If a person hears Kaddish or Kedusha immediately after he recited the introductory verse to the Amida – “Ado-nai Sefatai Tiftah U’fi Yagid Tehilatecha” – but before he began reciting the Amida, should he answer to the Kaddish or Kedusha? During the Amida prayer, of course, it is forbidden to interrupt for any purpose, even to answer to Kaddish or Kedusha. Thus, for example, if a person hears Kaddish or Kedusha as he recites the Beracha of “Tishkon Be’toch Yerushalayim,” he may not respond; at most, he remains silent. In fact, even after one concludes the final Beracha of the Amida – “Ha’mevarech Et Amo Yisrael Ba’shalom” – he may not respond to Kaddish or Kedusha, unless he has recited the verse, “Yiheyu Le’rason Imreh Fi.” After one has recited “Yiheyu Le’rason,” various rules apply regarding permissible interruptions. But it is clear that during the Amida prayer itself, one may not interrupt for any purpose, even to respond to Kaddish or Kedusha.
The question arises as to whether this applies already once a person began reciting the introductory verse of “Ado-nai Sefatai Tiftah.” Since this verse is not, technically, part of the Amida, and merely introduces the Amida, perhaps it is permissible to interrupt for Kaddish or Kedusha, provided that one has not yet begun reciting the actual Amida prayer (“Baruch Ata Hashem Elokenu…”).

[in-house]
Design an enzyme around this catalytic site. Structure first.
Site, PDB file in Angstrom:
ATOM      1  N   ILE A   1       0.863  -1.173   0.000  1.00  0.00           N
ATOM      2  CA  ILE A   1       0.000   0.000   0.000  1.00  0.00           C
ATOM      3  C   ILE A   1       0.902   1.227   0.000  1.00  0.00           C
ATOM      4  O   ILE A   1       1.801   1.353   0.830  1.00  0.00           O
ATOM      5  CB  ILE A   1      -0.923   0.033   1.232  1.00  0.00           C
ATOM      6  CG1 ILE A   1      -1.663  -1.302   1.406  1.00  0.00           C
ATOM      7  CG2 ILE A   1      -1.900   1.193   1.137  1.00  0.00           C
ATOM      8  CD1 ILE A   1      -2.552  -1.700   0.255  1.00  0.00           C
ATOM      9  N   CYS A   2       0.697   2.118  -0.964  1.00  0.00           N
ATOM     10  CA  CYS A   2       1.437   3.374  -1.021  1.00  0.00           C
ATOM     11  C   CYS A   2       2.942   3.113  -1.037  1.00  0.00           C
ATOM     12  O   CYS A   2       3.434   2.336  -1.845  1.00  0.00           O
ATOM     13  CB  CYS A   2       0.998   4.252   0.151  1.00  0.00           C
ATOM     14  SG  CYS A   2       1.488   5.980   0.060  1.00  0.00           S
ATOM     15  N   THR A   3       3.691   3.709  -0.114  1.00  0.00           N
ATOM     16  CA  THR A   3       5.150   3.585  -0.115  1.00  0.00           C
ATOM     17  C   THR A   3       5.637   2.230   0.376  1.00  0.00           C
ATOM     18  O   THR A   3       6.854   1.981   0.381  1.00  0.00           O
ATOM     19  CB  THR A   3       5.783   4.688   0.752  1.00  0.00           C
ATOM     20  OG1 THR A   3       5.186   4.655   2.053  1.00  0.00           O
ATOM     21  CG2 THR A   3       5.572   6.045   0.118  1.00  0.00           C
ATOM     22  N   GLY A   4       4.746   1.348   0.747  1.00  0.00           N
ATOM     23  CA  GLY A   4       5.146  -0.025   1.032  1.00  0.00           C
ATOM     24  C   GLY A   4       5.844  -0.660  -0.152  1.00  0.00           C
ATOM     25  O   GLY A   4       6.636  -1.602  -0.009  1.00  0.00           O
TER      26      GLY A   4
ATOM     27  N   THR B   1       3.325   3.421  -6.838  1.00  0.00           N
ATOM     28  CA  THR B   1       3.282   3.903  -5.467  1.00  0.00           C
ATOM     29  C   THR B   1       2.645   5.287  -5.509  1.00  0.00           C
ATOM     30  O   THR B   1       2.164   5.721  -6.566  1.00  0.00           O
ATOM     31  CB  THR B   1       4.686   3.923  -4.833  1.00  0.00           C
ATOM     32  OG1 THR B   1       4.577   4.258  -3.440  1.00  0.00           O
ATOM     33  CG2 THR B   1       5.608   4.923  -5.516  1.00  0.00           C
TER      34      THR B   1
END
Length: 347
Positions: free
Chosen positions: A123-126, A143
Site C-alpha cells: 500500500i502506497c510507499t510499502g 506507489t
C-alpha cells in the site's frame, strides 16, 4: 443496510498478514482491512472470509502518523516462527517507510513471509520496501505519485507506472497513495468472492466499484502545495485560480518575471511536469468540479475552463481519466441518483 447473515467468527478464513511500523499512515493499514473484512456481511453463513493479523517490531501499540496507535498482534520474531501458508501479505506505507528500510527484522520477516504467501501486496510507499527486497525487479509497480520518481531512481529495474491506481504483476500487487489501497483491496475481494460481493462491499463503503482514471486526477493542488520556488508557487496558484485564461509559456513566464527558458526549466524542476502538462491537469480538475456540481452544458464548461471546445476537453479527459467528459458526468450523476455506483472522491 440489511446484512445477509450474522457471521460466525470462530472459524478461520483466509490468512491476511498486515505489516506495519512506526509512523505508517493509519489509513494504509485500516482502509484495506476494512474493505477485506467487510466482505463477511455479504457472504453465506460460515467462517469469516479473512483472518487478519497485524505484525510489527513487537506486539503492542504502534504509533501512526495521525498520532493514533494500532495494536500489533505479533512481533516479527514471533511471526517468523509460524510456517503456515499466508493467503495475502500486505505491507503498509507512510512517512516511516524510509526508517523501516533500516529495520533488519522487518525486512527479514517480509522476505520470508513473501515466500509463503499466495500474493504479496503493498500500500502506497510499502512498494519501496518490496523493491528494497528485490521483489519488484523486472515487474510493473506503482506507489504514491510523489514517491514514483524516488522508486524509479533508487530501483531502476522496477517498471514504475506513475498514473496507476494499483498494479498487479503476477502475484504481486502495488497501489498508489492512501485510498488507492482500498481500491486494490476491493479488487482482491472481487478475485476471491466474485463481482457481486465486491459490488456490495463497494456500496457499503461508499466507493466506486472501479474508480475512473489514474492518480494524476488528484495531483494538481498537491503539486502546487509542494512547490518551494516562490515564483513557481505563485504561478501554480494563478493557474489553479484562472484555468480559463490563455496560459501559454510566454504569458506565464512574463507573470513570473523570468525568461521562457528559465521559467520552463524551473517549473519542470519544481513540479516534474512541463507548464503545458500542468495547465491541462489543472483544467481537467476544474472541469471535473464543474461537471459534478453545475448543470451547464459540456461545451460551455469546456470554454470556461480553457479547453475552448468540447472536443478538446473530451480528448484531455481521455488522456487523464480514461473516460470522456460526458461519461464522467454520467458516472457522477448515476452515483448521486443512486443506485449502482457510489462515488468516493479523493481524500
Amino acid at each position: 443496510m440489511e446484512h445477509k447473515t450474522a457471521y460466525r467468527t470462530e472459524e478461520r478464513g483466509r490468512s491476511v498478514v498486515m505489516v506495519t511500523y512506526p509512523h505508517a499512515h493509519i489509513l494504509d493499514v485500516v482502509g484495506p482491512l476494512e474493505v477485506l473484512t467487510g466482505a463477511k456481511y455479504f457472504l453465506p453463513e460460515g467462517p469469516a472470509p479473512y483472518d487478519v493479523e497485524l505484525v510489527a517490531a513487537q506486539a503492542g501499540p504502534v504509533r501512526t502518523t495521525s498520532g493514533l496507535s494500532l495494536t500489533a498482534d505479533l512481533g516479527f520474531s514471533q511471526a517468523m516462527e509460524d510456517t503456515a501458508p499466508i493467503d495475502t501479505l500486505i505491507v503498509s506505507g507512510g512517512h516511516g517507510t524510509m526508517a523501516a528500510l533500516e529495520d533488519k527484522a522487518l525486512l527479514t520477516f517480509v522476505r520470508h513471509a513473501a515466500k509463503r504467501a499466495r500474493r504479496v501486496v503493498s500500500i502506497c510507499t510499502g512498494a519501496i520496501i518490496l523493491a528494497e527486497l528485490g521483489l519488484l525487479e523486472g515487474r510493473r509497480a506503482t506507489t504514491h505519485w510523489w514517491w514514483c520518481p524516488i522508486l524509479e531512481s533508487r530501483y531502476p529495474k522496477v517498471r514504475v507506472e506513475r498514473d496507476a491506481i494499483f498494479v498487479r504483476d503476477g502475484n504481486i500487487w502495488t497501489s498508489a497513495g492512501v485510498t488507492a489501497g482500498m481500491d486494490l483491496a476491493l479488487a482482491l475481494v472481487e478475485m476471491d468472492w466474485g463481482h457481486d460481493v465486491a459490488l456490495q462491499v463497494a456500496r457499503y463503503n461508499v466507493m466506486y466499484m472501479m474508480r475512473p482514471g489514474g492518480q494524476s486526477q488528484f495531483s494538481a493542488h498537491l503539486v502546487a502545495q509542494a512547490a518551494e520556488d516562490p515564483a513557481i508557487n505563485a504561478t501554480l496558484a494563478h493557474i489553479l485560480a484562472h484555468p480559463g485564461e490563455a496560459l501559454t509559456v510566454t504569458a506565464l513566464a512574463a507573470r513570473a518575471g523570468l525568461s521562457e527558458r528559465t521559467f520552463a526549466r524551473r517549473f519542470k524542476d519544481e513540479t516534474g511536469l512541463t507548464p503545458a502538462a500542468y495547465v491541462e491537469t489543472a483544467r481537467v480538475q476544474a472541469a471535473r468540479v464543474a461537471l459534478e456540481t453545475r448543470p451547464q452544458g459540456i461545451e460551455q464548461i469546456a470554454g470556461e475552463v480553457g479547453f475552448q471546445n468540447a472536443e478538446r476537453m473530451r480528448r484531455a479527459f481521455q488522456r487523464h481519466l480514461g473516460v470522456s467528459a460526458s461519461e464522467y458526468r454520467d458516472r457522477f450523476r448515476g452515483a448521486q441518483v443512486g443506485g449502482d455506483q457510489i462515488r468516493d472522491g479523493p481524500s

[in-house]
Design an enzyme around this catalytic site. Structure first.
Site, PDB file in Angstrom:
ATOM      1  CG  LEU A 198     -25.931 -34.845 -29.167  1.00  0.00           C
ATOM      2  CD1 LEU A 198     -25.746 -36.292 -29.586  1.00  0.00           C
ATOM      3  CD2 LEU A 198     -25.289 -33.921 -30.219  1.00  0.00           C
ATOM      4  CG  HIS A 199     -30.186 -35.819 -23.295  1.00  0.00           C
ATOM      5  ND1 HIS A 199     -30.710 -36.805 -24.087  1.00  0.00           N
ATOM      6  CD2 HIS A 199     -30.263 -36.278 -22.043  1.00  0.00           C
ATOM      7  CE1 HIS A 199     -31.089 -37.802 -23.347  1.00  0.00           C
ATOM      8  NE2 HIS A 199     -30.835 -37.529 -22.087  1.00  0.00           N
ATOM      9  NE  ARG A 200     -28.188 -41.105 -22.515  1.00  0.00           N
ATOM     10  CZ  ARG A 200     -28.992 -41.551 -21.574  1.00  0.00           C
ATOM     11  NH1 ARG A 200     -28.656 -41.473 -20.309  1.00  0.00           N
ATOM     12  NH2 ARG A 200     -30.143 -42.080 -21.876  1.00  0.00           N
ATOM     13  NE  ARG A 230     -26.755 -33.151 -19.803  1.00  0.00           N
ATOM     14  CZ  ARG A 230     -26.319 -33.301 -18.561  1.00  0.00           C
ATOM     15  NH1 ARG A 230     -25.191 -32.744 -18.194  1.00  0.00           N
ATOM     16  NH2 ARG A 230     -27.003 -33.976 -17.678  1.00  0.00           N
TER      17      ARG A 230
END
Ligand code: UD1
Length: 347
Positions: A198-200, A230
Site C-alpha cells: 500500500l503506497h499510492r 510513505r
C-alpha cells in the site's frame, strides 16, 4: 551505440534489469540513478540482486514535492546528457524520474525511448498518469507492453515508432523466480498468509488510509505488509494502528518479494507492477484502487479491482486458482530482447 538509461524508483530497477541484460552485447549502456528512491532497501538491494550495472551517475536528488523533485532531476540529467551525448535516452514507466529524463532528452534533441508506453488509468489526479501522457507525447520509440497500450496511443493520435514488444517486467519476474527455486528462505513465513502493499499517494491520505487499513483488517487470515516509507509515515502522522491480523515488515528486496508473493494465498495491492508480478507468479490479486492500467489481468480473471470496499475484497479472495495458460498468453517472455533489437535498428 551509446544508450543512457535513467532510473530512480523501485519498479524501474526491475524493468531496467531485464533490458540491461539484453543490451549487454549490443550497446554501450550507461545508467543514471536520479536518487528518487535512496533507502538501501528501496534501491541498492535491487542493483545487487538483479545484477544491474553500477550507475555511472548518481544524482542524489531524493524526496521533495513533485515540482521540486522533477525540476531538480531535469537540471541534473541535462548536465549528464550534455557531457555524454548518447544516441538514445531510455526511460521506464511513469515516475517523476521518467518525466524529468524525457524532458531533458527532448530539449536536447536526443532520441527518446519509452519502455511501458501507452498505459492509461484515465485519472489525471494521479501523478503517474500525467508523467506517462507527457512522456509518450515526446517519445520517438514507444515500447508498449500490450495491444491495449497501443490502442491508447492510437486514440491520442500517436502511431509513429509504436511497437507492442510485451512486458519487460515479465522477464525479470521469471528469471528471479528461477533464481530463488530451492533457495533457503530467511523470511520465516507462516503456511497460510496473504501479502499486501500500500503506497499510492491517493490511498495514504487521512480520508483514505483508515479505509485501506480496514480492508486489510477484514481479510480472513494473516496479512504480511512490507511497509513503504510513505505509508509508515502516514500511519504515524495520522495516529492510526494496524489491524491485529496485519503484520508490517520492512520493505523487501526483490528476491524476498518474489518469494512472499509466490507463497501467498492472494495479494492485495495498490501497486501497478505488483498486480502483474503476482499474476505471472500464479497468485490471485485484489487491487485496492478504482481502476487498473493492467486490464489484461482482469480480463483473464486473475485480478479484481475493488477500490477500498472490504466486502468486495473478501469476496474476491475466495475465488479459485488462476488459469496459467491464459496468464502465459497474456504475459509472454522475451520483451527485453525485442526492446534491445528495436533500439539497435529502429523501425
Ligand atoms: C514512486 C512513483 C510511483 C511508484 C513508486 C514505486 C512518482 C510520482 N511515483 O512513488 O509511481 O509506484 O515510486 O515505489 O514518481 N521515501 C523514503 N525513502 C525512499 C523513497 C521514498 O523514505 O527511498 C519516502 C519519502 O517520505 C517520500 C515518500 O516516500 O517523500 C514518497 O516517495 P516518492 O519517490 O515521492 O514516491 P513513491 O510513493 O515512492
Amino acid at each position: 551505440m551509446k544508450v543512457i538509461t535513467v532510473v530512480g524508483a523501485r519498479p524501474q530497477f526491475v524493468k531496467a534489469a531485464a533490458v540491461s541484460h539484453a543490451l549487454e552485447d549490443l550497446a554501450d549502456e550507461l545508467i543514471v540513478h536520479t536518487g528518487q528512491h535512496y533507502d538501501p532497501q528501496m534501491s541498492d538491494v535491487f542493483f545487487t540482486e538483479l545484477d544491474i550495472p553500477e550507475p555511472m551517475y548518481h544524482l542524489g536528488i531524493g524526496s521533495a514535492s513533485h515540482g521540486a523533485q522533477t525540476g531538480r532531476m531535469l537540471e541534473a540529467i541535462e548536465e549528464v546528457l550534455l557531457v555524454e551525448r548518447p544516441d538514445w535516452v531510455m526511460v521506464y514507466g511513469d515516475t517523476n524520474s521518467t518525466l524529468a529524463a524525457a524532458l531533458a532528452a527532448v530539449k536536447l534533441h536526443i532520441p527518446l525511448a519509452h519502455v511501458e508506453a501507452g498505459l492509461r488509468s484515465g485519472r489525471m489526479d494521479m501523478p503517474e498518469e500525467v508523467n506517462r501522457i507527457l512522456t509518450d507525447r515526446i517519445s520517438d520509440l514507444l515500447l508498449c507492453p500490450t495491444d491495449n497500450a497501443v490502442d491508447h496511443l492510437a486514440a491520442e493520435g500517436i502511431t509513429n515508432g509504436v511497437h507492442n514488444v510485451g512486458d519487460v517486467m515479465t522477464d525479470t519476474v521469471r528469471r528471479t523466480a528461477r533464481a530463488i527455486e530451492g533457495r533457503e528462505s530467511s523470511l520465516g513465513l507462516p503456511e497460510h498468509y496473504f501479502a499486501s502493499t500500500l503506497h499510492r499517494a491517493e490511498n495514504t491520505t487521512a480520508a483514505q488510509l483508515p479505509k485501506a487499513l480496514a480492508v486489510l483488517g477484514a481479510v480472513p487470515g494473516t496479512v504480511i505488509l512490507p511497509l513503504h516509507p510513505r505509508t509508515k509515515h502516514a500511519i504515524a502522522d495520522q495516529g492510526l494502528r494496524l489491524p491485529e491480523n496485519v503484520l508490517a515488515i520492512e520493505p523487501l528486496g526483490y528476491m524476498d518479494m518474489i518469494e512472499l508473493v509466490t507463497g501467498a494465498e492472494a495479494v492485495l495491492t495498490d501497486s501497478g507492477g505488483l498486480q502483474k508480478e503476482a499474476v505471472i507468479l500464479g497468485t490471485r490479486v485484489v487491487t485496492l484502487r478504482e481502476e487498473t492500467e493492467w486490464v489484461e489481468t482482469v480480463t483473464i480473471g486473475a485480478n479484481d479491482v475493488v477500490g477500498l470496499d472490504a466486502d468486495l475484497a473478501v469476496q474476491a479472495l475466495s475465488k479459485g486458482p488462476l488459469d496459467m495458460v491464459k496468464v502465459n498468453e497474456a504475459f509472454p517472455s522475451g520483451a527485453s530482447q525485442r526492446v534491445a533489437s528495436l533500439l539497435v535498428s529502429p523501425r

The Halacha in this case depends on the prayer which one is reciting. If this occurs during Shaharit or Arbit, then one may not interrupt to respond to Kaddish or Kedusha. Halacha requires beginning the Amida prayer at Shaharit immediately after the Beracha of “Ga’al Yisrael,” and beginning the Amida prayer at Arbit immediately after the Beracha of “Shomer Amo Yisrael La’ad.” Therefore, even though “Ado-nai Sefatai” is not technically part of the Amida, one may not interrupt to respond to Kaddish or Kedusha.
However, if this occurs during Minha, then, according to the Ben Ish Hai (Rav Yosef Haim of Baghdad, 1833-1909), in Parashat Vayakhel (10), one may respond to Kaddish or Kedusha after reciting “Ado-nai Sefatai Tiftah,” since he has not yet begun the actual Amida. The Ben Ish Hai adds that after one finishes answering to Kaddish or Kedusha, he should then repeat the verse of “Ado-nai Sefatai Tiftah” before beginning the Amida, as this verse must be recited immediately before the recitation of the Amida.
In this context the Ben Ish Hai addresses the case of a person who heard Kaddish or Kedusha immediately after reciting the first three words of the Amida – “Baruch Ata Hashem.” In such a case, it is questionable whether the person should recite the words “Lamedeni Hukecha,” so that he will have recited the complete verse of “Baruch Ata Hashem Lamedeni Hukecha” (Tehillim 119:12). Perhaps, he can then be considered as not having begun the Amida, so he can respond to Kaddish or Kedusha. The Ben Ish Hai writes that he is uncertain whether one should recite “Lamedeni Hukacha” and then answer to Kaddish or Kedusha in such a case, and he leaves this question unresolved.
Summary: If a person recites the verse of “Ado-nai Sefatai Tiftah U’fi Yagid Tehilatecha” to begin the Amida prayer at Minha, and before he recites “Baruch Ata” he hears Kaddish or Kedusha, he should respond to Kaddish or Kedusha, and then begin again ““Ado-nai Sefatai Tiftah…” If this occurs at Shaharit or Arbit, he should not respond to Kaddish or Kedusha.